October 27, 2021/ 5:00 PM - 6:15 PMMA in Contemporary Japanese Cuisine
The third webinar in the Rethinking of MA Webinar Series will examine conceptions of MA in contemporary Japanese cuisine. Our guest will be Prairie Stuart-Wolff, a writer, photographer and producer of the Japanese food and culture website www.cultivateddays.co. Since moving to Karatsu in Kyushu with her ceramicist partner in 2007, Stuart-Wolff has been exploring Japanese cooking and food presentation in her writing, photography and at her own family table. Living and learning in rural Japan, among a community of ceramic artists, she has developed a unique perspective on Japanese food cultivation, preparation, and presentation, both traditional and contemporary.
Professors Hitoshi Abe and Ken Tadashi Oshima, hosts of the Rethinking of MA series, will moderate the conversation with Stuart-Wolff, discussing the importance of MA/seasonality in the choice of ingredients, MA/the symbiotic relationship between food and the dishes in which it is served, and the rituals of the table that guide how food is received. The webinar will conclude with an audience Q&A.
Prairie Stuart-Wolff is a writer, photographer, and guide based in Kyushu, Japan. Upon moving to Japan in 2007, she immediately recognized the great depth and beauty of Japanese culinary traditions. Eating at her mother-in-law’s table kindled a desire to know more about the fascinating ingredients she used and the techniques that daily transformed them into such exquisite dishes. Thus began an enduring journey deep into Japan's food culture, exploring the origin of ingredients, the craft of the cook, and the rituals of the table.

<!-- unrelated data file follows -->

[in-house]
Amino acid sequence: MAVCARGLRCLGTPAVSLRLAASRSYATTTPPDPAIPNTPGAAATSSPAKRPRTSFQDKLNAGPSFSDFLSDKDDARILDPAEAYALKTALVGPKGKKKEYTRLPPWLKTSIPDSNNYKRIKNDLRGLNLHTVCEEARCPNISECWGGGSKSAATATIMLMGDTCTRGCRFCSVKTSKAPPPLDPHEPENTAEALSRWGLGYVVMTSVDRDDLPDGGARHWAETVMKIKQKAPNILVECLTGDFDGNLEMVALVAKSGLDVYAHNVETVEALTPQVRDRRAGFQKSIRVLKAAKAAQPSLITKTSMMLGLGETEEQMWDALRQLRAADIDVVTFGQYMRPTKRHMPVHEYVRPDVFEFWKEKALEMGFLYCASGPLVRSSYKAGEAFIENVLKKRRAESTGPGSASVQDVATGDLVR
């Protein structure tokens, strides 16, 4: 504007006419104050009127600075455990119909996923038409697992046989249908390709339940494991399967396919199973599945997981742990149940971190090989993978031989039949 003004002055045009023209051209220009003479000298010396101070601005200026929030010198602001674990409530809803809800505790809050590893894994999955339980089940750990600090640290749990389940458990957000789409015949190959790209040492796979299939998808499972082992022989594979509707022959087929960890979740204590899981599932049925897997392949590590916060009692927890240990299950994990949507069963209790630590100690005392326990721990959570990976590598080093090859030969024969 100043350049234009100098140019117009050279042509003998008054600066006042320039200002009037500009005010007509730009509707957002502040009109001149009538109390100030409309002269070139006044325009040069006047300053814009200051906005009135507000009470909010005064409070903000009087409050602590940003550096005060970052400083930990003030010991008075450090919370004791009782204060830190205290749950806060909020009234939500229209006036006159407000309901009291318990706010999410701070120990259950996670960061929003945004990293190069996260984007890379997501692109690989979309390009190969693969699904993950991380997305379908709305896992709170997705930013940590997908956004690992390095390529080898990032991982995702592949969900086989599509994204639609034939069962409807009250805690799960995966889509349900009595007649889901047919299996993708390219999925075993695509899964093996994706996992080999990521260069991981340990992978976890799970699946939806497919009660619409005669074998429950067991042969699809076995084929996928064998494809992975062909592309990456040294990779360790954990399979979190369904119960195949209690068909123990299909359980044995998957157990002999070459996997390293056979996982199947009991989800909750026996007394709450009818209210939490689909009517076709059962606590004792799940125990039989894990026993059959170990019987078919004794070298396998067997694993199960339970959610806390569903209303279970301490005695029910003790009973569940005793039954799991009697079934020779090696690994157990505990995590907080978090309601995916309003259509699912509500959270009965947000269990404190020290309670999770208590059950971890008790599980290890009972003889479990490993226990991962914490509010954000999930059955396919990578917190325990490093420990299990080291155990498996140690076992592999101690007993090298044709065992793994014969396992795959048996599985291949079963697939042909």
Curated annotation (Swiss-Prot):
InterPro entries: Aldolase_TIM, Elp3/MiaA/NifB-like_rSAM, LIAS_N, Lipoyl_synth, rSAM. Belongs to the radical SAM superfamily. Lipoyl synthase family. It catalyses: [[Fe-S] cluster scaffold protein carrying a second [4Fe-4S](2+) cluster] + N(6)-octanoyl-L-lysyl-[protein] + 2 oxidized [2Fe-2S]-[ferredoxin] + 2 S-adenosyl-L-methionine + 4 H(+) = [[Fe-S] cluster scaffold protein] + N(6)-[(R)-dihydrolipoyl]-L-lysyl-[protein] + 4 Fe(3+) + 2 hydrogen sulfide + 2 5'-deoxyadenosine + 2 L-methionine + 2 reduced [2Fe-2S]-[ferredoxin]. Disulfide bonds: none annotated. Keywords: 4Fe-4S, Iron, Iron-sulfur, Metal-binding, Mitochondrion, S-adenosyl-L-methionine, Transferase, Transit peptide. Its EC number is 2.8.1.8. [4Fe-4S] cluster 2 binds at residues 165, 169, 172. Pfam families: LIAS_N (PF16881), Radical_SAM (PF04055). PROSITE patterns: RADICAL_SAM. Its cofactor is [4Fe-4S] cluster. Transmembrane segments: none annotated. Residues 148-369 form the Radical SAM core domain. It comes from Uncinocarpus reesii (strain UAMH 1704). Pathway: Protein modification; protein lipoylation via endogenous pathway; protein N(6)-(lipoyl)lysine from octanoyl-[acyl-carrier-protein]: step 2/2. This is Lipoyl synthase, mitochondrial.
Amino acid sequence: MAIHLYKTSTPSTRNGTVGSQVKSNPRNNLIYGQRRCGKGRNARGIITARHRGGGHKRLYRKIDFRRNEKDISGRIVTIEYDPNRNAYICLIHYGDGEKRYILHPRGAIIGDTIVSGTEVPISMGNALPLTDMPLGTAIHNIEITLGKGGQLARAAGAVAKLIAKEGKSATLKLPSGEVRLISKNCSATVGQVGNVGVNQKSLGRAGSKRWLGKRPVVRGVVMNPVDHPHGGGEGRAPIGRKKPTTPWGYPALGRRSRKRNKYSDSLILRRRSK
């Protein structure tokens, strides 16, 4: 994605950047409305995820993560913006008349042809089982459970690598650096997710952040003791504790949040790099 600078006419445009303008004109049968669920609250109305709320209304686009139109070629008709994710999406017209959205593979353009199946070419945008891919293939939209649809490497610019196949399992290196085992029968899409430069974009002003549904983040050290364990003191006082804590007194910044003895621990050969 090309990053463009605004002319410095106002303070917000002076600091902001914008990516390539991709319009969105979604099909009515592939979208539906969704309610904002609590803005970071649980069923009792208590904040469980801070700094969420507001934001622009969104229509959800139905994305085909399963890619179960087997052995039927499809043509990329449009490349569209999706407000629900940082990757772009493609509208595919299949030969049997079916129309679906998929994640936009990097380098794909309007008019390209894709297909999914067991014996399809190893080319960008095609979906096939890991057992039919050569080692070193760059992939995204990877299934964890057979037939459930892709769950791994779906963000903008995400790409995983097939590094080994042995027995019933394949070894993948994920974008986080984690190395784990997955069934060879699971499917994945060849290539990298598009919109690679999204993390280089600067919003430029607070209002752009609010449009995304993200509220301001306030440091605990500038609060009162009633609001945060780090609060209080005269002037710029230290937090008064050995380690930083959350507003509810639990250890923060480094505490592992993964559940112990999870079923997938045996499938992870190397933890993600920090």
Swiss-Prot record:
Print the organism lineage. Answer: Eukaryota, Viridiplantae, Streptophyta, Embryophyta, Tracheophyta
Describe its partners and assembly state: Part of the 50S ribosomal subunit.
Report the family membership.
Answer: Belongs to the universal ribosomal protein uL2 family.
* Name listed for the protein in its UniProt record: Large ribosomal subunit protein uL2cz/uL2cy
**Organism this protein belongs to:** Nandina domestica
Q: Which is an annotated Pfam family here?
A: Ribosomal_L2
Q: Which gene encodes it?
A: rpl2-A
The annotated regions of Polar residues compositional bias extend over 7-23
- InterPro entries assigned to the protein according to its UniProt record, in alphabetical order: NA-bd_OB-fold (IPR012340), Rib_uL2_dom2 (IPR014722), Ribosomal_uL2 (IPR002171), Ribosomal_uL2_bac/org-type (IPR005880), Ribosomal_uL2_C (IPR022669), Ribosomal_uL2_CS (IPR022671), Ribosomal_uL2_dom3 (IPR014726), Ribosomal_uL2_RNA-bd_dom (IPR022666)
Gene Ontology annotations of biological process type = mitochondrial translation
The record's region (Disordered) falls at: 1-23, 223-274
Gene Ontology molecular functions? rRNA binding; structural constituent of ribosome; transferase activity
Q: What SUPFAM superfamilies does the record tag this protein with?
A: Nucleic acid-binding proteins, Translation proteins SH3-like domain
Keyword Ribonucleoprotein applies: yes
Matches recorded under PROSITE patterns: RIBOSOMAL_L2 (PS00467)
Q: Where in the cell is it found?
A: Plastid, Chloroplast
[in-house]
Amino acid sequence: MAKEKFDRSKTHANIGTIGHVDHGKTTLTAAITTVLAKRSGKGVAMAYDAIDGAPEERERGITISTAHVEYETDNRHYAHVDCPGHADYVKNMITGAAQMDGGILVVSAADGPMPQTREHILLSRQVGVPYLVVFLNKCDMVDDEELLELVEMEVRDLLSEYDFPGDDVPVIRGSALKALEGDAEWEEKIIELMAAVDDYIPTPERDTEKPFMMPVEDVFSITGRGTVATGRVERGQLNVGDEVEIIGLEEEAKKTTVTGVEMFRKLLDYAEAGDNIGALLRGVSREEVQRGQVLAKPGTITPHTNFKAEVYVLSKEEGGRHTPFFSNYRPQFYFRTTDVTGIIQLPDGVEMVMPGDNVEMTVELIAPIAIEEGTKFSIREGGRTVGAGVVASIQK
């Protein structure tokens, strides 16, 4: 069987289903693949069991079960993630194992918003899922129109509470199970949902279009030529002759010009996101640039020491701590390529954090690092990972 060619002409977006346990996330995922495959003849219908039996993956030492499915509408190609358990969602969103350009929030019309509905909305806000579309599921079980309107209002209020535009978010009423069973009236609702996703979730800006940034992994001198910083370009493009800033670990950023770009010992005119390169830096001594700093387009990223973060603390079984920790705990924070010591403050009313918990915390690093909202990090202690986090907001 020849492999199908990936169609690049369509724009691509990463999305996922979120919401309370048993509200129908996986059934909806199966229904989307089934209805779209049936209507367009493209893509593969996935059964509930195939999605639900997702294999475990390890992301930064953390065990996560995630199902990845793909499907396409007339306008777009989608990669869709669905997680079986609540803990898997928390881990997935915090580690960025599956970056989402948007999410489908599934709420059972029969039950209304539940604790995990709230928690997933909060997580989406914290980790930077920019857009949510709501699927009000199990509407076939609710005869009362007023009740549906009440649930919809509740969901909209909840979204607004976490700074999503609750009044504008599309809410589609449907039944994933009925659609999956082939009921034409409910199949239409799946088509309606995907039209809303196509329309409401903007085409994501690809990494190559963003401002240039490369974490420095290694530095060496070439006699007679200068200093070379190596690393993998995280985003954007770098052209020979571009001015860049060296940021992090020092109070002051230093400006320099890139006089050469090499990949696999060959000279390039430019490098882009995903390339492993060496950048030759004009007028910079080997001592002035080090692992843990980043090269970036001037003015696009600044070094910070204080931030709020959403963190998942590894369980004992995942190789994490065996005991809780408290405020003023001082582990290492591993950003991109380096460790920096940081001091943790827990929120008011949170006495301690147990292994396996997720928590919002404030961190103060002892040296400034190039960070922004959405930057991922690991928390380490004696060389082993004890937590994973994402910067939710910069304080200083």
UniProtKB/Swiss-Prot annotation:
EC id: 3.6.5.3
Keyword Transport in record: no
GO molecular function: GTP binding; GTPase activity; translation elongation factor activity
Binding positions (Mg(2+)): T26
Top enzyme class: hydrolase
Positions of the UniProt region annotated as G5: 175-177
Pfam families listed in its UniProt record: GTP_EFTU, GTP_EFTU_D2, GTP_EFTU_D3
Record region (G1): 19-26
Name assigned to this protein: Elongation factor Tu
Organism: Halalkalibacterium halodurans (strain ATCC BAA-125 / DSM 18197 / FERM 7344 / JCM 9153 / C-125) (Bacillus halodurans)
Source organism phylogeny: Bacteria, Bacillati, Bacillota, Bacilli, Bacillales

Hitoshi Abe is Principal at AHA (Atelier Hitoshi Abe), an architectural design firm based in the U.S. and Japan. He is also a professor in the department of Architecture and Urban Design and Director of the Terasaki Center for Japanese Studies, both at UCLA.
Ken Tadashi Oshima
Ken Tadashi Oshima is Professor in the Department of Architecture at the University of Washington, where he teaches in the areas of trans-national architectural history, theory, and design. He has also been a visiting professor at the Harvard Graduate School of Design and taught at Columbia University and the University of British Columbia.
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